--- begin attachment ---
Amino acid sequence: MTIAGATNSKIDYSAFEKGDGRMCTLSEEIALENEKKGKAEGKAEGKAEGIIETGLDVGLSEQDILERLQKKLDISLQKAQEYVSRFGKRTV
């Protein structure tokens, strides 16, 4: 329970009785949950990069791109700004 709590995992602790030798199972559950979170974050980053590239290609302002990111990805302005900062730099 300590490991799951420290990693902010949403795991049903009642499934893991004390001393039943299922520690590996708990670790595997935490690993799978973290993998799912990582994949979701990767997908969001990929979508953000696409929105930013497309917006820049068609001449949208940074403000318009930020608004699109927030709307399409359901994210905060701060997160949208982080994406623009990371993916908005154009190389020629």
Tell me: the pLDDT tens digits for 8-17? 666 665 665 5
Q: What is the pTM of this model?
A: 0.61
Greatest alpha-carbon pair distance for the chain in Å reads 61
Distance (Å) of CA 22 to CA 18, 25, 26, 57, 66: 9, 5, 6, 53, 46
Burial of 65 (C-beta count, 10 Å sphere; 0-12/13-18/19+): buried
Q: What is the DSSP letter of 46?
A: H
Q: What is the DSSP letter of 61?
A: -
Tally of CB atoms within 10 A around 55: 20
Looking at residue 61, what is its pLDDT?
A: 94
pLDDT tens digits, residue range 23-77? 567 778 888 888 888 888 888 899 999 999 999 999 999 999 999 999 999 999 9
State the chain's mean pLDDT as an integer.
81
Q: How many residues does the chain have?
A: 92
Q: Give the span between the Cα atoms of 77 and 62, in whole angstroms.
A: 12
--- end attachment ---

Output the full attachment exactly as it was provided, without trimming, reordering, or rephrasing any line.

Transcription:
Amino acid sequence: MTIAGATNSKIDYSAFEKGDGRMCTLSEEIALENEKKGKAEGKAEGKAEGIIETGLDVGLSEQDILERLQKKLDISLQKAQEYVSRFGKRTV
């Protein structure tokens, strides 16, 4: 329970009785949950990069791109700004 709590995992602790030798199972559950979170974050980053590239290609302002990111990805302005900062730099 300590490991799951420290990693902010949403795991049903009642499934893991004390001393039943299922520690590996708990670790595997935490690993799978973290993998799912990582994949979701990767997908969001990929979508953000696409929105930013497309917006820049068609001449949208940074403000318009930020608004699109927030709307399409359901994210905060701060997160949208982080994406623009990371993916908005154009190389020629």
Tell me: the pLDDT tens digits for 8-17? 666 665 665 5
Q: What is the pTM of this model?
A: 0.61
Greatest alpha-carbon pair distance for the chain in Å reads 61
Distance (Å) of CA 22 to CA 18, 25, 26, 57, 66: 9, 5, 6, 53, 46
Burial of 65 (C-beta count, 10 Å sphere; 0-12/13-18/19+): buried
Q: What is the DSSP letter of 46?
A: H
Q: What is the DSSP letter of 61?
A: -
Tally of CB atoms within 10 A around 55: 20
Looking at residue 61, what is its pLDDT?
A: 94
pLDDT tens digits, residue range 23-77? 567 778 888 888 888 888 888 899 999 999 999 999 999 999 999 999 999 999 9
State the chain's mean pLDDT as an integer.
81
Q: How many residues does the chain have?
A: 92
Q: Give the span between the Cα atoms of 77 and 62, in whole angstroms.
A: 12